When Alabama drew its districts, it was still under federal Voting Rights Act preclearance. In drawing its districts, Alabama decided not only to keep the same number of majority-minority districts (something it likely had to do to get federal approval for its districts), it also decided to keep the same percentage of black voters in each of these districts. It claimed it had to do so to comply with the Voting Rights Act, a dubious argument given earlier DOJ compliance guidance and earlier practice under the act.
Further, because these black districts were underpopulated with voters and the districts lost population throughout that decade, Alabama had to move a lot of voters into these districts to comply with the Supreme Court’s requirement that states achieve something close to equal populations in redistricting. The Legislature moved loads of black voters and very few white voters into these districts, helping strengthen Republican districts in the rest of the state. As the New Republic’s Jason Zengerle shows, the result has been the demise of elected white Democrats, sending a signal to race-sensitive Alabama voters that if they’re voting for a Democrat, that means they’re voting for a black candidate.
Alabama was not alone in packing minority voters into districts this election cycle. As law professor Justin Levitt explains, many Republican legislatures did so claiming (insincerely or not) a belief that such redistricting was required by the Voting Rights Act. Democrats and civil rights groups responded by claiming these states are engaged in racial gerrymandering, by making race more important than any other factor in redistricting.
This role reversal will not be lost on the justices. Will the conservative justices, who do not like race-based government classifications at all, side with Democrats against the Republican Alabama Legislature, seeing Alabama’s actions as a racial gerrymander? Or will the Supreme Court’s conservatives, like the two Republican-appointed judges in the lower court, view this gerrymandering as partisan politics, in which the Republican Legislature packed not blacks but Democrats into fewer districts for partisan gain? (The court has long refused to police such partisan gerrymandering.) The liberal justices have an interesting choice, too. They could embrace the racial gerrymandering claims they have long resisted, breathing new life into a doctrine they have derided as nonsensical. Or they could leave Alabama’s gerrymander alone, strengthening Republican hands.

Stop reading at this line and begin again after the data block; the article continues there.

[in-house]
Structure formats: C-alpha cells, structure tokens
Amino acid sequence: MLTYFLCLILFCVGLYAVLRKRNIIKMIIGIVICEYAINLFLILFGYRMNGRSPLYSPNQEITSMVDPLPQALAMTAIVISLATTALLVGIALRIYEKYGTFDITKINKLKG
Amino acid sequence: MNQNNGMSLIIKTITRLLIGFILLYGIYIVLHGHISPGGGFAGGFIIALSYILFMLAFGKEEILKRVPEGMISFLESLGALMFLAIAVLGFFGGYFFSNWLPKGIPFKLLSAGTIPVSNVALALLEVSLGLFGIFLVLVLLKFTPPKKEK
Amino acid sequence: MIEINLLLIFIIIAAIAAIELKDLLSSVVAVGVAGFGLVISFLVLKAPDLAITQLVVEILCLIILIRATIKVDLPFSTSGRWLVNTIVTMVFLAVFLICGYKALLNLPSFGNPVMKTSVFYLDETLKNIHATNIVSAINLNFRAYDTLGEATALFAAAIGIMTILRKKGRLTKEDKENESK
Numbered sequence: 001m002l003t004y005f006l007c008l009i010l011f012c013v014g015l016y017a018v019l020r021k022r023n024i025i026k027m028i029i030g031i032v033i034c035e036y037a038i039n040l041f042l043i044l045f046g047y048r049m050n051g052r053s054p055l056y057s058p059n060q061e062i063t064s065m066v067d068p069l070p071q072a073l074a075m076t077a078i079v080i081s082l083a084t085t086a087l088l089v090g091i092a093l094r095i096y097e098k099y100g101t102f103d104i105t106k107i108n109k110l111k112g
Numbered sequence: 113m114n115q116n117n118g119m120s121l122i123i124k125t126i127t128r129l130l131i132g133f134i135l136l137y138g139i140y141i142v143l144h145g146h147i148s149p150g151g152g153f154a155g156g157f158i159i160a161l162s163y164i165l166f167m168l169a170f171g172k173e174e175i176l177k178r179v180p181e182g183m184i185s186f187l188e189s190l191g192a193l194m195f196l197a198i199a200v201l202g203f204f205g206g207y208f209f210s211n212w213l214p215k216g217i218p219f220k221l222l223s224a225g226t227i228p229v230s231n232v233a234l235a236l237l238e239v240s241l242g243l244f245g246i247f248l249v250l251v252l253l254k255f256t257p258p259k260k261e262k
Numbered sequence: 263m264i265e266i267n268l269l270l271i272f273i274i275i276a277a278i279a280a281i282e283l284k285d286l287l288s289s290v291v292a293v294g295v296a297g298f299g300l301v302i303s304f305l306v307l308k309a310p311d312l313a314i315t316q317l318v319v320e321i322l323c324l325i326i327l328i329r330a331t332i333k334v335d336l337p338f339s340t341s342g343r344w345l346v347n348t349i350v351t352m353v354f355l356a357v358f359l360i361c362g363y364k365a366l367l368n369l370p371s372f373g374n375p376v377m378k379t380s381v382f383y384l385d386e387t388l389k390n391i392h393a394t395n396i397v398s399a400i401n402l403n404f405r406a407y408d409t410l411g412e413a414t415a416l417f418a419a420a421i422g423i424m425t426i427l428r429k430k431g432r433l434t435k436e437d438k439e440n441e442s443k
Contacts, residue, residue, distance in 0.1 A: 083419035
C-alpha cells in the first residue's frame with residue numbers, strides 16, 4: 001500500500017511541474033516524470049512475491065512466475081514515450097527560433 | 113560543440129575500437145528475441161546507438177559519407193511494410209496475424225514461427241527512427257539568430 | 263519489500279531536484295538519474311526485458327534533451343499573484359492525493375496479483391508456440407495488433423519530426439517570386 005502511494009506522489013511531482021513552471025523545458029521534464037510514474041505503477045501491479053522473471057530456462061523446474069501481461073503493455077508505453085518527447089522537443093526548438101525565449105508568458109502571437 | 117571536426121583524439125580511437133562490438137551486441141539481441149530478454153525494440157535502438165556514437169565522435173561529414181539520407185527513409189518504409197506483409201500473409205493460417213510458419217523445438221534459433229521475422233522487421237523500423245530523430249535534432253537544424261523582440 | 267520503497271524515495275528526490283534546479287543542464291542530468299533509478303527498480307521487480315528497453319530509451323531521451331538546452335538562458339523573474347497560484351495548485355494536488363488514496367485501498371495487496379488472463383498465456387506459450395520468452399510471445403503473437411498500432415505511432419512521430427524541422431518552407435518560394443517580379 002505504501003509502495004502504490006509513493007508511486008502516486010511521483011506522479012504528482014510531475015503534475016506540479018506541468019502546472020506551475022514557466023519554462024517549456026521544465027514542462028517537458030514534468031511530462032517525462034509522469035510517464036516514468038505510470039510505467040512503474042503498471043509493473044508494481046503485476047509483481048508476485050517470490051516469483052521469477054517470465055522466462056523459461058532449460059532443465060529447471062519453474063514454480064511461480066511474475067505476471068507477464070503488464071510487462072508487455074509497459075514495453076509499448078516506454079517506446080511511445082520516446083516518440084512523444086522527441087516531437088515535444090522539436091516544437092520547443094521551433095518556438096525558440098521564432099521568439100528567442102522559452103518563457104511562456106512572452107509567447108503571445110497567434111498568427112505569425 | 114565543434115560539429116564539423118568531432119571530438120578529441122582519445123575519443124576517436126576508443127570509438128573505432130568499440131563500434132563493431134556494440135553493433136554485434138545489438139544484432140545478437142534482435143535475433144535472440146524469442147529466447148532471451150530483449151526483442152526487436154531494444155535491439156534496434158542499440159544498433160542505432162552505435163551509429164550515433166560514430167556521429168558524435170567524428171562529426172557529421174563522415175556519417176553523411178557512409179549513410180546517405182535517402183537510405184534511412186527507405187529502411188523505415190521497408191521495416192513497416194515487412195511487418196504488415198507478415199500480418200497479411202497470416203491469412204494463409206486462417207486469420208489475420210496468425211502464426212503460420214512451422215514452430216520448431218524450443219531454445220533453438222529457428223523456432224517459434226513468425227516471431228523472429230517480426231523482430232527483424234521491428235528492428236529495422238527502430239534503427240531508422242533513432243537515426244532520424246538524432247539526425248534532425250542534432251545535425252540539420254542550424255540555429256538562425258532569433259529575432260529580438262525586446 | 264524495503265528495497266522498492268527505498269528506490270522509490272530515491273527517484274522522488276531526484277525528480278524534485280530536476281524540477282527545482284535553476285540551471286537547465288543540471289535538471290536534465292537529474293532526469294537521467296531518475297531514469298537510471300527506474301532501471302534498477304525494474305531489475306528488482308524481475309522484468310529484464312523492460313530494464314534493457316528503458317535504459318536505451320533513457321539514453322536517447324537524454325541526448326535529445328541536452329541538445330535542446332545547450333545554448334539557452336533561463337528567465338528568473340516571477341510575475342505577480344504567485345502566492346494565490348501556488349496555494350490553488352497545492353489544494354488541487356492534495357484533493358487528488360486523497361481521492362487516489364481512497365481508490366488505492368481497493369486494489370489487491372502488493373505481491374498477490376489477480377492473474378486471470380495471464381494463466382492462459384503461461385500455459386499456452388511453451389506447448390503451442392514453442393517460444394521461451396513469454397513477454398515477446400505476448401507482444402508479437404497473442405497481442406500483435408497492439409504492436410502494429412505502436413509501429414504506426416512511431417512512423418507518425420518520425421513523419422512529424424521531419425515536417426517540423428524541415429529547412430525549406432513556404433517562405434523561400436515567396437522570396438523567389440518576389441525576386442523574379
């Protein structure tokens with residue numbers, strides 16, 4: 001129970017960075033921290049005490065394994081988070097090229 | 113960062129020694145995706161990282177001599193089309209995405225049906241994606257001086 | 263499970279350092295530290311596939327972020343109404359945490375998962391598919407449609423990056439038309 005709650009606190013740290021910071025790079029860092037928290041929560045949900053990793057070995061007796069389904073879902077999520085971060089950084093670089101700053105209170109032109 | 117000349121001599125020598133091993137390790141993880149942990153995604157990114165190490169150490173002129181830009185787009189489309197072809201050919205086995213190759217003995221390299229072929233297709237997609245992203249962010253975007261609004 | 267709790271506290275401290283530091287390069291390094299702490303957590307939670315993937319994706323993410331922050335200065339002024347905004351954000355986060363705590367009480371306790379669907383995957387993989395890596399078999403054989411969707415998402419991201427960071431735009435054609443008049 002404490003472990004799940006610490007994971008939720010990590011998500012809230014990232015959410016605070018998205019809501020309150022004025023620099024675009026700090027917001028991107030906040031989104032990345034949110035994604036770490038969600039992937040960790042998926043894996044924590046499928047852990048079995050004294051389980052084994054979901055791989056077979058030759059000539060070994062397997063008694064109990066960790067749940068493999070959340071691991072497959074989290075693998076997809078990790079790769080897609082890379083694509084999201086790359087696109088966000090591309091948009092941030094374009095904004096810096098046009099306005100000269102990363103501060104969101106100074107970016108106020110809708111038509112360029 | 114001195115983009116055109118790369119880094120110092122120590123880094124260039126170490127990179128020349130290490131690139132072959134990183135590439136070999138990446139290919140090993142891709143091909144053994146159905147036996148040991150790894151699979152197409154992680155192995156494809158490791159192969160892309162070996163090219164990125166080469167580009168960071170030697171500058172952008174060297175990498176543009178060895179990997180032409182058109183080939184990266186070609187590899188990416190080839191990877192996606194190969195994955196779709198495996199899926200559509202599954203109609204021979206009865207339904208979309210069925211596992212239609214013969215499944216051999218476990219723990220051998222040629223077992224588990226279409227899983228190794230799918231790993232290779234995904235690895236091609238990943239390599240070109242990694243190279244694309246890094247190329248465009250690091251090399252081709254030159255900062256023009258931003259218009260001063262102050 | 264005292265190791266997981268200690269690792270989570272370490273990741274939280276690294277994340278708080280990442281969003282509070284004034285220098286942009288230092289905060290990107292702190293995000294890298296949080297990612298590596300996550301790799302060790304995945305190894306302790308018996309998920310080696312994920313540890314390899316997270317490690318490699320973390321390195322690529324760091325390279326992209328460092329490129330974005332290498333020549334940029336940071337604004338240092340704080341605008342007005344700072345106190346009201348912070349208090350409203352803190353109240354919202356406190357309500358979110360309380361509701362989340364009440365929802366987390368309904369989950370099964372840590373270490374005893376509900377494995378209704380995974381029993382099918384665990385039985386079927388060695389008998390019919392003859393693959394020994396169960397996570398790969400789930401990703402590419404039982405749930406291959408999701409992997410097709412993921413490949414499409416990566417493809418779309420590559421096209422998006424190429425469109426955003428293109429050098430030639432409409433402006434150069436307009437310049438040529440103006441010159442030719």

The issue is further complicated by the fact that, thanks to the Supreme Court’s 2013 decision in the Supreme Court’s Shelby County case, Alabama is no longer subject to preclearance under the Voting Rights Act. It is hard to see how to justify separating voters on the basis of race under a law that the conservatives on the court later struck down as unconstitutional. Indeed, the dissenting Democrat-appointed judge saw a “cruel irony” in Alabama’s reliance on the Voting Rights Act to justify its argument: “Even as it was asking the Supreme Court to strike down the requirement of preclearance for failure to speak to current conditions, the State of Alabama was relying on racial quotas with absolutely no evidence that they had anything to do with current conditions, and seeking to justify those quotas with the very provision it was helping to render inert.”
In the end, the Supreme Court has an impossible task in front of it: figuring out whether the Alabama Legislature’s predominant motive in redistricting was about race or about party. It was surely about both, and trying to pretend that packing black Democratic voters into districts is about just one or the other is a fool’s errand. But it is the task of the court under the rules it has set up for itself, and it could have real consequences for not just black Democrats in Alabama, but all Americans.